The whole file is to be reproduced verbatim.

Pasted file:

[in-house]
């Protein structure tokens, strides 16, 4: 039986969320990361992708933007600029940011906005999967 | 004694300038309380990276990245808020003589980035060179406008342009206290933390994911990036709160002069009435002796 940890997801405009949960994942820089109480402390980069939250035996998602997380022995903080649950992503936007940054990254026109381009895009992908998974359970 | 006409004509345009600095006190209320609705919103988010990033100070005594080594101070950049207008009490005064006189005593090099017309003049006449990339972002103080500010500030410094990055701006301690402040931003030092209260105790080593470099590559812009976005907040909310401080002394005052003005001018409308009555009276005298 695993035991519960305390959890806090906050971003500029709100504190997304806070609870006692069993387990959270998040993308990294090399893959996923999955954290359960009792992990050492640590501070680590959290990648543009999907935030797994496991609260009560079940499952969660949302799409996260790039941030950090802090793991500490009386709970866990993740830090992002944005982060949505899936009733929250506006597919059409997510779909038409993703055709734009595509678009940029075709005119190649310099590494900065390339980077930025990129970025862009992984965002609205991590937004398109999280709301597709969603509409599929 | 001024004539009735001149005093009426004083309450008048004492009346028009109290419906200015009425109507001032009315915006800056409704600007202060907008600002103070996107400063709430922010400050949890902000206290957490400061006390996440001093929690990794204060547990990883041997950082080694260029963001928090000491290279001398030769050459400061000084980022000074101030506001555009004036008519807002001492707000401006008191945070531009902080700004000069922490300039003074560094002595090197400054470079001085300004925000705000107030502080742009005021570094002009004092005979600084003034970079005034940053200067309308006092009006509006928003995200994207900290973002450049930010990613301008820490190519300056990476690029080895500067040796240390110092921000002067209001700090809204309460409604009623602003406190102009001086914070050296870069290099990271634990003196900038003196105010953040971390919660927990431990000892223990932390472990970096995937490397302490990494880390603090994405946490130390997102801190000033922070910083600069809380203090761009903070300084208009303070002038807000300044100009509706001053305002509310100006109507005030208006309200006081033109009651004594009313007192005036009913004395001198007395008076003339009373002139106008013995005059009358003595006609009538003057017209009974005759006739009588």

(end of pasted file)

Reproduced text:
[in-house]
């Protein structure tokens, strides 16, 4: 039986969320990361992708933007600029940011906005999967 | 004694300038309380990276990245808020003589980035060179406008342009206290933390994911990036709160002069009435002796 940890997801405009949960994942820089109480402390980069939250035996998602997380022995903080649950992503936007940054990254026109381009895009992908998974359970 | 006409004509345009600095006190209320609705919103988010990033100070005594080594101070950049207008009490005064006189005593090099017309003049006449990339972002103080500010500030410094990055701006301690402040931003030092209260105790080593470099590559812009976005907040909310401080002394005052003005001018409308009555009276005298 695993035991519960305390959890806090906050971003500029709100504190997304806070609870006692069993387990959270998040993308990294090399893959996923999955954290359960009792992990050492640590501070680590959290990648543009999907935030797994496991609260009560079940499952969660949302799409996260790039941030950090802090793991500490009386709970866990993740830090992002944005982060949505899936009733929250506006597919059409997510779909038409993703055709734009595509678009940029075709005119190649310099590494900065390339980077930025990129970025862009992984965002609205991590937004398109999280709301597709969603509409599929 | 001024004539009735001149005093009426004083309450008048004492009346028009109290419906200015009425109507001032009315915006800056409704600007202060907008600002103070996107400063709430922010400050949890902000206290957490400061006390996440001093929690990794204060547990990883041997950082080694260029963001928090000491290279001398030769050459400061000084980022000074101030506001555009004036008519807002001492707000401006008191945070531009902080700004000069922490300039003074560094002595090197400054470079001085300004925000705000107030502080742009005021570094002009004092005979600084003034970079005034940053200067309308006092009006509006928003995200994207900290973002450049930010990613301008820490190519300056990476690029080895500067040796240390110092921000002067209001700090809204309460409604009623602003406190102009001086914070050296870069290099990271634990003196900038003196105010953040971390919660927990431990000892223990932390472990970096995937490397302490990494880390603090994405946490130390997102801190000033922070910083600069809380203090761009903070300084208009303070002038807000300044100009509706001053305002509310100006109507005030208006309200006081033109009651004594009313007192005036009913004395001198007395008076003339009373002139106008013995005059009358003595006609009538003057017209009974005759006739009588």